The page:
How I came to Write a Children’s Photo Book

By Chuck Dayton

The first Earth Day, 50 years ago, changed my life by catapulting me into a career as a public interest environmental lawyer. Working first for a student group and then for the North Star Chapter, I threw myself into the struggle to save the BWCAW from ongoing logging and widespread motorboat use, both of which violated the very spirit of a wilderness. At the same time, with Sierra Club support, my partner John Herman and I lobbied through many of Minnesota’s fundamental environmental laws in the 1970s.

My ties to the north county go back to high school canoe trips, followed by guiding from my family’s canoe outfitting base on a small lake east of Ely. I have spent some part of 63 summers there, and in retirement I now have the joy of being there all summer.

Sara and I, and my now-retired brothers and wives, our children and grandchildren, share the family compound. It’s the glue that holds our far-flung extended family together. Jasper Lake always has a nesting pair of loons. In recent years, following their progress from nesting to flight and migration has become the focal point of my passion for photography. We follow them closely, inhaling their long low wails, reporting the progress of the chicks, sharing our fears that an eagle, turtle or Northern ate them, and our heartfelt relief when they reappear.

After a couple of years and hundreds of loon photos, I began to think, what can I do with all of these images of these wonderful creatures?

 photo of loons - seven sisters

So, I decided to pull together a photo collection showing the growth and development of loon chicks and to write a children’s story to go with it. I had help from a local Ely artist and writer, Consie Powell, who suffered through several revisions.

When I submitted Secrets of the Loon to the Minnesota Historical Society Press, they loved the photos, but said that my text was too complex for their target audience of 3-7 year olds. Fortunately, the publisher, Shannon Pennefeather, knew of a great children's author, Laura Purdie Salas, who had published 125 children’s nature books. Laura rewrote the story in beautiful poetry suitable for younger kids.

The book follows a chick from inside the egg until it matures, while learning the loon "secrets” of diving, avoiding predators, catching, killing and eating fish, and finally, flying. Secrets of the Loon has some subtle messages for kids about learning new skills, about living with danger (like eagles and turtles) and achieving total independence. We were careful to check our facts with scientific experts, and MHS Press encouraged me to explain more of the biology and life cycles of loons in several pages of back matter for older children and adult readers.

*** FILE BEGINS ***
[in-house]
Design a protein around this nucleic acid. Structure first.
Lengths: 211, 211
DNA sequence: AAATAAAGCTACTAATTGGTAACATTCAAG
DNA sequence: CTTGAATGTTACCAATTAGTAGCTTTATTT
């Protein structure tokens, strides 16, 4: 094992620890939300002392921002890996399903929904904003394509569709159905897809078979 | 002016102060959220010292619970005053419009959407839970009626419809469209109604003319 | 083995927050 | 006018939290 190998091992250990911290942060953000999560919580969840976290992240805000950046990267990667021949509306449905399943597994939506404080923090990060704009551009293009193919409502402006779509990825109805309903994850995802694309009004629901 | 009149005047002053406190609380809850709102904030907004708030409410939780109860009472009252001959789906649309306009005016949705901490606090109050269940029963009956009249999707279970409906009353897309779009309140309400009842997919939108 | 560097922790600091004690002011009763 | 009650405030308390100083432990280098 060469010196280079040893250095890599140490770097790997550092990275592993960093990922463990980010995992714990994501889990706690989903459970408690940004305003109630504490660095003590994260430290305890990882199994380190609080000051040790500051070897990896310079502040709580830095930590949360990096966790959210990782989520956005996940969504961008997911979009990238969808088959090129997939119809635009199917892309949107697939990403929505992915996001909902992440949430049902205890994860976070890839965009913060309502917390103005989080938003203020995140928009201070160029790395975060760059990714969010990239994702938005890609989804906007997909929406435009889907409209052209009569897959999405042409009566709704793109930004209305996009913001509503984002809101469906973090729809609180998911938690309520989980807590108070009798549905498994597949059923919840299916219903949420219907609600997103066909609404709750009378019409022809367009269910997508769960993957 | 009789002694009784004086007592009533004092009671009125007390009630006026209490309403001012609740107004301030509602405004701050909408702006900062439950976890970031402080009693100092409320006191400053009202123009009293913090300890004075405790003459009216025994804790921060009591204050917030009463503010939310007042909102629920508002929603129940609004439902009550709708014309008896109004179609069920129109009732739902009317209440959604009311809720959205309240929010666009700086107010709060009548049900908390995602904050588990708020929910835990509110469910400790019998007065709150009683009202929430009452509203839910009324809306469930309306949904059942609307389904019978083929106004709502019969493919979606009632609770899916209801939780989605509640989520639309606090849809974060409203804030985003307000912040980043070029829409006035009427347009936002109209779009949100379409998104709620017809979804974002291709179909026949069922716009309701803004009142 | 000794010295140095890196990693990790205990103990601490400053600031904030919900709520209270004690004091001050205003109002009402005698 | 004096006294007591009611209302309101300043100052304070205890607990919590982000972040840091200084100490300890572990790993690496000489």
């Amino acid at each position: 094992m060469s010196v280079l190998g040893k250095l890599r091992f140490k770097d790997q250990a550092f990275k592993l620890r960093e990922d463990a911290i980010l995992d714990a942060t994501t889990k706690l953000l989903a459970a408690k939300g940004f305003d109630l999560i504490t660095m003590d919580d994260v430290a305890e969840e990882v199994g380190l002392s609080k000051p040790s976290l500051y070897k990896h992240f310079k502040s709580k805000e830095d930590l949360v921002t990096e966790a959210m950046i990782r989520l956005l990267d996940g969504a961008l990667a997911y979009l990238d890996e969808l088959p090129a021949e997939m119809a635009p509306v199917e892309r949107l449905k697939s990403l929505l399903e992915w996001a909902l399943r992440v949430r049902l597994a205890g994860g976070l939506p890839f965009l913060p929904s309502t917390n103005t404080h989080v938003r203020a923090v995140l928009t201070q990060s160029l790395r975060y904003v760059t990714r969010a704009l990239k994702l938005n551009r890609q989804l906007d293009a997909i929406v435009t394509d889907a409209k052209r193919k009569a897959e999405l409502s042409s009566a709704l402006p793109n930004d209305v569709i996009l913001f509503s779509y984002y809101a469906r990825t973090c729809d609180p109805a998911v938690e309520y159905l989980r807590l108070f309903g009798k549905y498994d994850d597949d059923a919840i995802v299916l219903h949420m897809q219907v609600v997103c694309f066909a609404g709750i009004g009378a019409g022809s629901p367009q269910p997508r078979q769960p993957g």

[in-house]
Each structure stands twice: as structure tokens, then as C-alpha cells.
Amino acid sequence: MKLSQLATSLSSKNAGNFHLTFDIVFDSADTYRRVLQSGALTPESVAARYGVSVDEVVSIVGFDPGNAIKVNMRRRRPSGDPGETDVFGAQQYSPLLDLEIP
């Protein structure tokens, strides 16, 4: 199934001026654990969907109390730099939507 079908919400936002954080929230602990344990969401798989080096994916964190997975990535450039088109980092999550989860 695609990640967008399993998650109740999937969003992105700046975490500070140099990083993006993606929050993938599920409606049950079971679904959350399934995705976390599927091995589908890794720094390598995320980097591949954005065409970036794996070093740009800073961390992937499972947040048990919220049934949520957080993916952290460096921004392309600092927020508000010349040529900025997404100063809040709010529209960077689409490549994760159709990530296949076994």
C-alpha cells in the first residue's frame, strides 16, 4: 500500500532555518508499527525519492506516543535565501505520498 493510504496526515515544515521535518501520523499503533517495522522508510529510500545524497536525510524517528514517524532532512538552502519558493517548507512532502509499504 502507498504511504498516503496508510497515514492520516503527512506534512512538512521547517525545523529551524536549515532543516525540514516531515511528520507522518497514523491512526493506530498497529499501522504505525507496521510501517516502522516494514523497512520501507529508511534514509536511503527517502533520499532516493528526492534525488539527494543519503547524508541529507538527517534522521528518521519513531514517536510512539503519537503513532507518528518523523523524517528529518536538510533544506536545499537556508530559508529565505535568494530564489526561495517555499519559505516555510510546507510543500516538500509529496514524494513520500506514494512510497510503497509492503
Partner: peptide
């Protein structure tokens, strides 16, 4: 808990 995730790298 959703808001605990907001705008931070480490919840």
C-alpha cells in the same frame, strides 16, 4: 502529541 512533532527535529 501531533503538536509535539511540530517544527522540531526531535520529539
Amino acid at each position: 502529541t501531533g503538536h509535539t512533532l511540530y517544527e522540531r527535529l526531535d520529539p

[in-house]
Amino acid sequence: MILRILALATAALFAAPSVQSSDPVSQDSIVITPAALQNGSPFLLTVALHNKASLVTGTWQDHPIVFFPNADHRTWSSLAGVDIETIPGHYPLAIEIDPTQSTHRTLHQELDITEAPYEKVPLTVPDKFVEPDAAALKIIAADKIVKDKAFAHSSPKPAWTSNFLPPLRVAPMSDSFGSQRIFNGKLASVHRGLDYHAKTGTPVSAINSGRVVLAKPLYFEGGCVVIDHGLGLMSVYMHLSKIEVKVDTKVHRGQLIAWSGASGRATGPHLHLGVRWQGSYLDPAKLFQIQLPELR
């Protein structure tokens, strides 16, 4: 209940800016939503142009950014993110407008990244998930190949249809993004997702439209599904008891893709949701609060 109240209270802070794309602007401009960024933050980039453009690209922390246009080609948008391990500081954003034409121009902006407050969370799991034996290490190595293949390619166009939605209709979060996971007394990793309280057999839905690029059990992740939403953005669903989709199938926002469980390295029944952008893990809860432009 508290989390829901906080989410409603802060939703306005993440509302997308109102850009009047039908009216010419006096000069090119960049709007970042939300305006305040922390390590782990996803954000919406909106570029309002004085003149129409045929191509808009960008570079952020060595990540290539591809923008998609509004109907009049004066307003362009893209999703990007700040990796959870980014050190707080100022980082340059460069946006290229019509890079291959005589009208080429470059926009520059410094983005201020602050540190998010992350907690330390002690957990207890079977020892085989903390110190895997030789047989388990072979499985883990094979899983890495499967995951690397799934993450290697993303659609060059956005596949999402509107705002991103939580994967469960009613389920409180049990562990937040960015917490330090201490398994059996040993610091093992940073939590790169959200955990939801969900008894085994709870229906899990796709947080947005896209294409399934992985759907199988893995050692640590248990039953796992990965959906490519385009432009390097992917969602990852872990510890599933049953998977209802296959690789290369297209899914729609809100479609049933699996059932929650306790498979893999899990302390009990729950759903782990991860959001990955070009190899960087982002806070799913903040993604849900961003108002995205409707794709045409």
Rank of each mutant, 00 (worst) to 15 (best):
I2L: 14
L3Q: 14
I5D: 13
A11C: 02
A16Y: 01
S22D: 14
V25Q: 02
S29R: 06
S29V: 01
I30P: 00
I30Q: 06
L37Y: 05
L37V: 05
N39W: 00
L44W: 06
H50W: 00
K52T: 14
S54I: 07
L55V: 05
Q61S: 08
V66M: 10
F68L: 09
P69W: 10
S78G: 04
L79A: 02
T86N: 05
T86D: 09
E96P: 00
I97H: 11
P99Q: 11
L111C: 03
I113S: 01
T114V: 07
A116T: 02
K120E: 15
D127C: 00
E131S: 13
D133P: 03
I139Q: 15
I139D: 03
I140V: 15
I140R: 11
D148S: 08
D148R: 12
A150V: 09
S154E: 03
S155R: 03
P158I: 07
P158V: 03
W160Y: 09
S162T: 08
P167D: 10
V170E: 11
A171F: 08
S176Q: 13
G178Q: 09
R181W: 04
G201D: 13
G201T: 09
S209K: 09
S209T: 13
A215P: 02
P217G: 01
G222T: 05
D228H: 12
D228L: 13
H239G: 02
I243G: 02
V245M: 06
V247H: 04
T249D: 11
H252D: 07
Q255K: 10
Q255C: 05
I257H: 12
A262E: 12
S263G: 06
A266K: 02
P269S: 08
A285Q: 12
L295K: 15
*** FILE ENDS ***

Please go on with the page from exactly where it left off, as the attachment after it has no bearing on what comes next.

photo of juvenile loon in fall, swimming on a lake

Unfortunately, Minnesota loons are threatened by lead fishing tackle and the lead shot they ingest like small stones to aid digestion. Eating lead kills them. Moreover, climate change could chase them out of Minnesota. Warmer water will diminish their usual food supply and rising water levels will leave fewer marshy nesting areas. Spring heat waves will stress the chick and slow the parents feeding.

Loons are luckier than some species because they can go further north. But If loons leave, Minnesota lakes will never be the same. Currently, loons’ range extends from northern Alaska to southern Minnesota, all the way to the Iowa border. With an increase of 2 degrees centigrade, most of that range in our state disappears, and only a diminished sliver is left in the Northeast corner. With a 3 degree increase, they are gone totally from our state.

It doesn’t have to be that way. If we can limit global temperature increase to 1.5 degrees C, loon habitat will be diminished but not destroyed, at least in the northern half of the state. 

As I head into my 9th decade, and an uncertain political future, my fervent hope is that by the time I finish this adventure and have taken my last portage, we will have solved this climate problem, and that the almost vertical curve of CO2 and other global warming emissions since the 1950’s will level out and head downwards. I hope the book helps.

Secrets of the Loon is launching via Facebook premiere on Monday May 4 at 3:00 pm on the Minnesota Historical Society's Facebook page. Tune into a story for young readers illustrating the sights, sounds, and survival strategies of Minnesota’s state bird.